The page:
Ordinary, but possibly interesting, things found while wandering in the wilderness.
- Stone building foundation, 20’x30’
- Stone wall, 3-4’ high, 7’ long
- Stone wall with doorway
- Cracked and broken fountain
- Pedestal, marble
- Statue on ground, headless, armless
- Head of a statue (human)
- One side of a small ravine has a bridge footing. No footing on other side.
- Small brook has bridge footings on either side. No sign of the bridge.
- Collapsed wooden building, 30’x40’.
- Wooden building, 30’x40’, no roof but otherwise intact.
- Stone fireplace and chimney.
- Boundary marker.
- Gravestone, illegible.
- Gravestone, 100+ years old.
- Memorial stone which reads, “In memory of John Williamson, who died in the East.”
- Small wooden shrine nailed to tree. Looks long disused.
- Stone on the side of a brook is covered with scores of burned-out candles.
- Stone bench, in fair shape.
- Small spring has brickwork around outlet.
- Foot of an enormous statue.
- One arch of a viaduct extends 30’ into the air. No sign of other segments.
- Collapsed viaduct segment extends some 100’ on the ground.
- Long-disused well.
- Face is carved into an old tree, some 15’ off the ground.
- Small (3’ high by 6’ long) stone cairn. If searched, a skeleton is beneath.
- Cobblestone path extends for 40’, then disappears.
- Eight rotting ropes dangle from a tree-limb, some have knots, some don’t.
- Tree has sixteen badger skulls nailed to its limbs.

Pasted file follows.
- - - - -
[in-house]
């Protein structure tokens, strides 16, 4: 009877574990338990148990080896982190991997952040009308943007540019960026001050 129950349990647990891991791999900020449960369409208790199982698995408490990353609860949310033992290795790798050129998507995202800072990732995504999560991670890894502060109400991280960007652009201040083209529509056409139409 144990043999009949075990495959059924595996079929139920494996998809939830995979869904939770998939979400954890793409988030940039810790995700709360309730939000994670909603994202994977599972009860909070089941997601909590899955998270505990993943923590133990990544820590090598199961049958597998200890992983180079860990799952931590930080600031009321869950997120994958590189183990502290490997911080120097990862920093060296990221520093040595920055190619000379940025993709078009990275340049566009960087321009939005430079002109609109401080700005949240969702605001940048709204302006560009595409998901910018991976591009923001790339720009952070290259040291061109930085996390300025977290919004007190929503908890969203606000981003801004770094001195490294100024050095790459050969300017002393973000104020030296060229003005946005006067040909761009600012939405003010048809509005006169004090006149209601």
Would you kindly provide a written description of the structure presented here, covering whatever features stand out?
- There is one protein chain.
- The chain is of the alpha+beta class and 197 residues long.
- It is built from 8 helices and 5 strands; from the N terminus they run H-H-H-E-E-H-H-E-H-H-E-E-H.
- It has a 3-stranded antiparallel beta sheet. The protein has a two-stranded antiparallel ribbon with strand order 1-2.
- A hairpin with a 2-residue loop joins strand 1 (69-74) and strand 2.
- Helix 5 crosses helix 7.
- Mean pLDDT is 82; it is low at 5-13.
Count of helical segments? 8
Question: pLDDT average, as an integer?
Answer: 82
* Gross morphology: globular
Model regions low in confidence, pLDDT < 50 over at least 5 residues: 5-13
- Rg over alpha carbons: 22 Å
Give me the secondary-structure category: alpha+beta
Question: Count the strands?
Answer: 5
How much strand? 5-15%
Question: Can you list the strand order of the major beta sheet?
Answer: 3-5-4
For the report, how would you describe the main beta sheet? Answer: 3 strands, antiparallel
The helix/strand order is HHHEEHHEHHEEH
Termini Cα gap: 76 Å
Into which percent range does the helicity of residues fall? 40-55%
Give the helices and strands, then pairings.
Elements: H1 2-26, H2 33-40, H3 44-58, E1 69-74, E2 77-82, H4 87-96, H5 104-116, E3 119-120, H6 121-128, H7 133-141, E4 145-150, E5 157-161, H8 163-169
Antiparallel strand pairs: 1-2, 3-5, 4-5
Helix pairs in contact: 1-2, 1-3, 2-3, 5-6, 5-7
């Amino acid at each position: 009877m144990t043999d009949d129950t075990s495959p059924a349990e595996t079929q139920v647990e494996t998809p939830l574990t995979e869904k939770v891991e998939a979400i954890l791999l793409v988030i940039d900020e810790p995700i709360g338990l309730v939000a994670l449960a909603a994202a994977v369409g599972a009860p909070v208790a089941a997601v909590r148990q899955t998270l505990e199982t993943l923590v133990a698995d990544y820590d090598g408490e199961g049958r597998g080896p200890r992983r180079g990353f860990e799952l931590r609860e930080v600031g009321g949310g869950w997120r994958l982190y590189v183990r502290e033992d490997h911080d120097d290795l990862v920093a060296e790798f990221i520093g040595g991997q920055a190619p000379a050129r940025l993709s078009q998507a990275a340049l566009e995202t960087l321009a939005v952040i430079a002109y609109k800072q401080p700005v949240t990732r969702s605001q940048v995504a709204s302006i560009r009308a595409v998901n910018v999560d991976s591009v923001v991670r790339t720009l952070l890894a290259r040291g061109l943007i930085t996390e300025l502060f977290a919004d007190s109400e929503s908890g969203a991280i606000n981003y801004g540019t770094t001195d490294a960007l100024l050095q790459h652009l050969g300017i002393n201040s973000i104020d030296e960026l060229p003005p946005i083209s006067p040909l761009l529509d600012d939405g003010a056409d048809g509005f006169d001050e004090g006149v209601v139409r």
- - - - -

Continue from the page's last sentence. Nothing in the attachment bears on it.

- Fresco floor, partially covered by earth and debris, shows scenes of underwater animals and plants.
- Broken-down wagon. One axle is broken.
- Tree is carved with a heart, in which are the initials “K.L. + J.B.”
- Stag horns mounted on a tree trunk.
- Three concentric circles of stones on the ground, the largest is 15’ in diameter.
- Corner of stone building, walls extend 10’ in either direction.
- Iron post, 4’ high, with rusted hoop on top.
- Split-rail fence 30’ long.
- Rusty plough half-submerged in a small pond.
- Wooden bird house on a 7’ pole.
- Mostly-collapsed grain silo.
- Small (10’x10’) building on runners next to a small lake. The building has no floor. (For ice-fishing.)
- Large (6’ high) stone urn, partially overturned.
- Rotting remains of a makeshift raft next to a small river.
- Iron spikes set into a large tree, forming ladder-like rungs leading up 35’.
- Perfectly round stone, 10’ in diameter.
- Four booted footprints set in solid stone.
- Pig wall extends 20 yards.
- Mostly-collapsed barn. Only one corner is still upright.
- Religious symbol of carved stone, now moss-covered and somewhat askew.
- Small stone building (30’x40’), with only the walls remaining (almost completely intact). No roof, floor is covered with soil.
9 thoughts on “Wilderness Dressing”
I'm wondering what sorta "wilderness" you wander in 😉
I like it.
I'll definitely be using this, great stuff, thanks.
Pig wall? Is that a wall to keep pigs out, a wall of pigs, pig iron, what?
@ Mike: Actually, five of these things are actually within a quarter mile of my house, in the woods.
@ Roger: It's a very low stone wall, only about 2 feet high, made of stacked stones. Pigs can't jump over it, supposedly. They're all over this part of the country.
Some lovely details here Joe. This all fits wonderfully for the kind of borderlands-wilderness my group is spending so much time in. Cheers!
Joe … this is great little detail for my home campaign. It's great to have a little resource like this. Not that I can't do it, it's just nice to not have to … and other's ideas always seem so much more ingenious than one's own! 😉
OFFICIALLY STOLEN. OFFICIALLY.
Gonna be running "Girlfriends D&D" this coming Wednesday, the players made one foray into the Palace of the Silver Princess (Orange) last time, and now have to trek down to the plain to find new recruits. The map as it stands (my hex version of the one in the module) is pretty sparse, this will fill in any gaps nicely.
Comments are closed.